Dismiss Notice

Psst... Ready to join TalkBass and start posting, make new friends, sell your gear, and more?  Register your free account in 30 seconds.

Tentative D-112XLT Review

Discussion in 'Amps and Cabs [BG]' started by Wilbyman, Feb 20, 2004.


  1. Wilbyman

    Wilbyman

    Sep 10, 2003
    Parkersburg, WV
    Okay, I think I'm the first turkey on TB to buy one (I'm a turkey by nature, not because I bought the cab ;) so here it is, my take after playing it for a few days. Going to gig with it tonight.

    I'm primarily using a Clarus, a Smith BSR-4J, Alembic Essence and German upright with Realist.

    I haven't used alot of the 1x12s (besides the Aguilar, which I liked and the Scout, which I didn't feel was really focused) on the market. So take it with a grain of salt. I'm primarily playing straightahead jazz and fusion.

    The design philosophy of this cab seems to be "design a small cab that will go through the mix like a bullet." It's a loud cab, but moreover, it's main tonal quality is a tight upper-mid punch. With the Alembic, it thickens up it's otherwise slightly thin scooped-ness without muddying the tone. With the Smith, you really need to EQ some of the midrange out...due to the fact that the Smith's also got a pronounced upper-mid voicing.

    I want to make it clear that it's not boxy or nasally -- but it's definitely aggressive. It's smooth, but it's clearly made to motor through the mix. It makes mids sound *good* again!

    The bottom is nice and tight, and thumps without getting boomy (key for upright!). "Tight" pretty much sums up the whole cab.

    As for top end, it's clear and defined without being harsh. It almost, but doesn't quite have the sparkly/glassy upper highs (or the tweeter hiss to go along with them). However, it's still suited for slapping with a little EQ. I'm actually using the cab in conjunction with my SWR 1x10 cab and it's a great combination...The 10" and Le-Son tweeter fill in those glassy highs when I want them.

    It's a great upright cab due to it's tight low-end. It's not boomy at all, and the midrange gives good definition without any harshness.

    One other thing I want to note is that the 112 takes EQ'ing really well. Though slamming upper-mids are the primary focus, the EQ I give it comes through very naturally. I don't feel like I'm fighting with the cab when I'm trying to dial in the sweet-spot for one instrument or another. (This might also have to do with how natural the Clarus' EQ is).

    I'm probably missing something, so if anyone has more specific questions about it I'll try and answer.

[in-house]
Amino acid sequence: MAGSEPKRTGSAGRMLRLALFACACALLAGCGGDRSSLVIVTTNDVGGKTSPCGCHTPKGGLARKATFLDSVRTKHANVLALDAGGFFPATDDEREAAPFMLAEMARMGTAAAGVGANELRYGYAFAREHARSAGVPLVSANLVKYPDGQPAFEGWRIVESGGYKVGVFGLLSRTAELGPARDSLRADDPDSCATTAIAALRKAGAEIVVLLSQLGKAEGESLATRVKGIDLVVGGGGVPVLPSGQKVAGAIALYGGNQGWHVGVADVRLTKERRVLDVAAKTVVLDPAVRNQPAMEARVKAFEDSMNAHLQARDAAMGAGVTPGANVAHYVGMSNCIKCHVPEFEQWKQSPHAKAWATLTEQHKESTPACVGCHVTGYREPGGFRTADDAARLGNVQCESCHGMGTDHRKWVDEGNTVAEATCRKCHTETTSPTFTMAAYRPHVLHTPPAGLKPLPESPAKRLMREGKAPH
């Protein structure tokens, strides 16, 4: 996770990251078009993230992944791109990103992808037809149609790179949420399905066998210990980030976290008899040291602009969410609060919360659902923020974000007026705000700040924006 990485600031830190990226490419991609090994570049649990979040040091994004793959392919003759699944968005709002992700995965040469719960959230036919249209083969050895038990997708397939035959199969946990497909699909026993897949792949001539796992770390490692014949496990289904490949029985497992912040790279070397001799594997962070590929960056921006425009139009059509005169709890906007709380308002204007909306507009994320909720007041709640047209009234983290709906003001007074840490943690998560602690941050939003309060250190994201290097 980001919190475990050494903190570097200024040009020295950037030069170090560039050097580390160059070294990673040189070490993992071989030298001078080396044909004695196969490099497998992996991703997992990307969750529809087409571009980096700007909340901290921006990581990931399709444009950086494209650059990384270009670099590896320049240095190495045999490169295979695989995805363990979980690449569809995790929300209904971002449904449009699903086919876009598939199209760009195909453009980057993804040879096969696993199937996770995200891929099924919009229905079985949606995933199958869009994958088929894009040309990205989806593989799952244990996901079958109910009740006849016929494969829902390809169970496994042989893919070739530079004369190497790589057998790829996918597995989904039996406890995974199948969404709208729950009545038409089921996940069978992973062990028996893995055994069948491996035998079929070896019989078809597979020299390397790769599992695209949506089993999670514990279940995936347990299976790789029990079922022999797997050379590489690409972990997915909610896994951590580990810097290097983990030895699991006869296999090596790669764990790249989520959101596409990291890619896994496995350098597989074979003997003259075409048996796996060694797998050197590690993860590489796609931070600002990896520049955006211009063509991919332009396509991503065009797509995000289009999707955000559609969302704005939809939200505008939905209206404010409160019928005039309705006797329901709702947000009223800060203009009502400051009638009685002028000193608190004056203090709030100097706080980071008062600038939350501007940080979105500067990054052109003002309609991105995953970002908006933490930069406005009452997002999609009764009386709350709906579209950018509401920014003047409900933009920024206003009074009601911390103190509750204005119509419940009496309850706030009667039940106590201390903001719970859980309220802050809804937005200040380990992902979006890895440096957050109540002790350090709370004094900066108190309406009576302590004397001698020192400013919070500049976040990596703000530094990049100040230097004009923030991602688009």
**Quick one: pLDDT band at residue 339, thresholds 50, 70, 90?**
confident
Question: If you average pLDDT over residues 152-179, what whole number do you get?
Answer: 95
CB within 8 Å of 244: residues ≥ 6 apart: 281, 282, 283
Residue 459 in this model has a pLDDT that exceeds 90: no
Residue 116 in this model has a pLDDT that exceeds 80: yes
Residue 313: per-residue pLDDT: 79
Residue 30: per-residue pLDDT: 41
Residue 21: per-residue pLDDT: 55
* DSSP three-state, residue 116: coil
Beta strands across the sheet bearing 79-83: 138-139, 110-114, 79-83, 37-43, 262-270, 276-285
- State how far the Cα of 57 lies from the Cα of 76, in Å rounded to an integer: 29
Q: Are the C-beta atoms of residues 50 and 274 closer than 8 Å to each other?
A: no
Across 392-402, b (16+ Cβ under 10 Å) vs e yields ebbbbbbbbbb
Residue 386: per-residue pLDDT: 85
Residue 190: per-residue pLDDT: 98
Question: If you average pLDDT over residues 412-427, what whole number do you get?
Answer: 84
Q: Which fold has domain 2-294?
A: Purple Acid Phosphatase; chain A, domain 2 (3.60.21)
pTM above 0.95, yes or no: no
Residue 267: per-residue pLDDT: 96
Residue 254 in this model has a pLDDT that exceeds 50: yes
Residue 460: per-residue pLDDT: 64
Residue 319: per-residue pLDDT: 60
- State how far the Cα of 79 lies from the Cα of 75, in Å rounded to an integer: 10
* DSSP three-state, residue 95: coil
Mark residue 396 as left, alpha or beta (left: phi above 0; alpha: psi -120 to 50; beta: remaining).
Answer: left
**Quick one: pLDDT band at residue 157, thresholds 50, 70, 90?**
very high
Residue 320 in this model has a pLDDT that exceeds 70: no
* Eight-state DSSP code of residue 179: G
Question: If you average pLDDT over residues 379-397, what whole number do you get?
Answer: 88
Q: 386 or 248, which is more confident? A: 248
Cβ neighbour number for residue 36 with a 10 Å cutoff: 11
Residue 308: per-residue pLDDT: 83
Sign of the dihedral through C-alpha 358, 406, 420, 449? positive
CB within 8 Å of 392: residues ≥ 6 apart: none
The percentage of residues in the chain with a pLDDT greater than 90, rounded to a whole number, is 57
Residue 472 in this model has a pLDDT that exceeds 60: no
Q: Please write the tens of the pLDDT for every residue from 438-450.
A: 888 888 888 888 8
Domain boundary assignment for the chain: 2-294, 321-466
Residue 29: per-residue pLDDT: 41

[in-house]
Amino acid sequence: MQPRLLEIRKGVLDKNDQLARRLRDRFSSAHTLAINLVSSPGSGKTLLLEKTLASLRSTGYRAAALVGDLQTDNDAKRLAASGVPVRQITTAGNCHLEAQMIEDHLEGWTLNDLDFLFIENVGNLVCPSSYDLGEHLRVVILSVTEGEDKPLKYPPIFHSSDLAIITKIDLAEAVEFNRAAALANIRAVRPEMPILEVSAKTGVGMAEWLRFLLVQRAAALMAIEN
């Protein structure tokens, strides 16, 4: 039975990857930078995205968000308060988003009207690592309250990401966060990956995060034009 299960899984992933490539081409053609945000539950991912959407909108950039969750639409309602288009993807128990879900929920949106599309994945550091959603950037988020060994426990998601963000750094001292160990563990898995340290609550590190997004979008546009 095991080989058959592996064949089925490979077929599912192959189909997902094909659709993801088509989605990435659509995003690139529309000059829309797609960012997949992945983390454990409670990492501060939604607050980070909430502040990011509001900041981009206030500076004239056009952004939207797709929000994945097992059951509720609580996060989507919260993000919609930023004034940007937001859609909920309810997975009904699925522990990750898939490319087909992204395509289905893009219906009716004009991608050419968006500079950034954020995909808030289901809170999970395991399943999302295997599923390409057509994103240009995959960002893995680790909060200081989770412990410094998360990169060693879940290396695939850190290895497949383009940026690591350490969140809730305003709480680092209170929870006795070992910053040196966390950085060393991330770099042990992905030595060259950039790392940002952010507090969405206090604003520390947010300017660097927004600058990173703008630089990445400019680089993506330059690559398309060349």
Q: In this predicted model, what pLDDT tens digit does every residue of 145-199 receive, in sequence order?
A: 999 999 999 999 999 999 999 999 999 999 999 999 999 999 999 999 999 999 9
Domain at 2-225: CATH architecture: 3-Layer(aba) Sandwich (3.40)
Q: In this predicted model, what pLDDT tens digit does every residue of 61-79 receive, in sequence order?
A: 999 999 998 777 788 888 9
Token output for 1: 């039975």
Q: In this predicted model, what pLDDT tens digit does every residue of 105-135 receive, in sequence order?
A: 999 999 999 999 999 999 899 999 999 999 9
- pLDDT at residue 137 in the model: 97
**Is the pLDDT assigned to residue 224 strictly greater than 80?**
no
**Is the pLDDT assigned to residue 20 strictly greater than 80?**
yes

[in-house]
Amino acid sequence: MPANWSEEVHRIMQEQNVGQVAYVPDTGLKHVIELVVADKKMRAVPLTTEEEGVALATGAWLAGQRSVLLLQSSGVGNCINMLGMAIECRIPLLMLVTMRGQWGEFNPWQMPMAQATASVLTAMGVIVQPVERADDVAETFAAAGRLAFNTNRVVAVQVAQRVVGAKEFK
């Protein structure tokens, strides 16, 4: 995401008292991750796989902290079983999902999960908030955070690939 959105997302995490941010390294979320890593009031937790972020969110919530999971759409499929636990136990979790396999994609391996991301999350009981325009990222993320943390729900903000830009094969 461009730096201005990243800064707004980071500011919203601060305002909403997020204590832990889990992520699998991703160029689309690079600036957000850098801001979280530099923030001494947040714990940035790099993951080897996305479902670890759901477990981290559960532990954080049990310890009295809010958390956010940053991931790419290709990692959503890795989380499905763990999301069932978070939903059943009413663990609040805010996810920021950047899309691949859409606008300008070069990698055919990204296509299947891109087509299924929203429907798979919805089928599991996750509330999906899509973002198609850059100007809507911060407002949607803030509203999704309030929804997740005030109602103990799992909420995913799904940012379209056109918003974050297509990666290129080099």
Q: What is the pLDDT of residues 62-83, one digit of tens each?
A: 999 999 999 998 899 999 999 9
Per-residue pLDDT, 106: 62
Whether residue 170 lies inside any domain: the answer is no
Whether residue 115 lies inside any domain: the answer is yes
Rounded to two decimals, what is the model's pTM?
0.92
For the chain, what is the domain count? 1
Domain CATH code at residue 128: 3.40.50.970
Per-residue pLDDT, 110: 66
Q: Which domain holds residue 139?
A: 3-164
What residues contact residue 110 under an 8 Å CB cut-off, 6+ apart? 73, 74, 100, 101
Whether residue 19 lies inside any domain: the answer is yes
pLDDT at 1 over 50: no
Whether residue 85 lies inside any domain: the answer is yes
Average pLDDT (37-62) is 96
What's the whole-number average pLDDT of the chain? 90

Will :)
     
  2. B String

    B String Supporting Member

    Apr 11, 2002
    Los Angeles
    I saw this box at NAMM. Thought it killed. I'm looking
    for an all around box. Not too colored. The SWR
    goliath jr II that I have now is too scooped for the
    acoustic bass. Are the mids very scooped sounding
    with your upright? Does the box have enough lows
    for electric bass? Do you use a 5 string?
     
  3. jokerjkny

    jokerjkny

    Jan 19, 2002
    NY / NJ / PA
    nice review, wilby!

    and kudos for using a Clarus as the head. pretty transparent, and a good way to really judge how the Eden itself sounds. :cool: well, not that you had a choice. ;)

    oh, and how was the overall carry and gigging weight? i'm guessing you didnt really break a sweat with it.
     
  4. Wilbyman

    Wilbyman

    Sep 10, 2003
    Parkersburg, WV
    Carrying weight is fine. I wouldn't want to carry it 20 blocks, but it's really portable, just a little longer than my 1x10.

    Took it to the jazz gig last night, and the room had the worst acoustics for bass imaginable. I think the tweeters were the only thing you could hear. Nearly impossible to get a feel for the sound of anything.

    I've got a 5-string jazz bass, the cab has lows for it in spades. Again, the lows are really tight, not indistinct.

    It's not scooped out *at all*. I think it sounds good for upright, because of how tight the lows are. With alot of cabs, the upright lows start spreading out of control and you're fighting to cut them without leaving a honky sound.

    Dunno if this makes any sense. As for "colored", I think this is such a silly adjective for electric bass sound. We've all got these instruments with preamps and knobs we tweak like crazy, and even our "Flat" outboard pre's have all kind of EQ's and filters. Then we argue about what gear "colors" our sound.

    If play upright, I think this is a valid concern...the instrument truly has a "sound" which you can put your finger on and attempt to reproduce naturally with amplification. But with electric, I think everything about the sound is colored...it's just a matter of what color sounds good.

    My .02...Will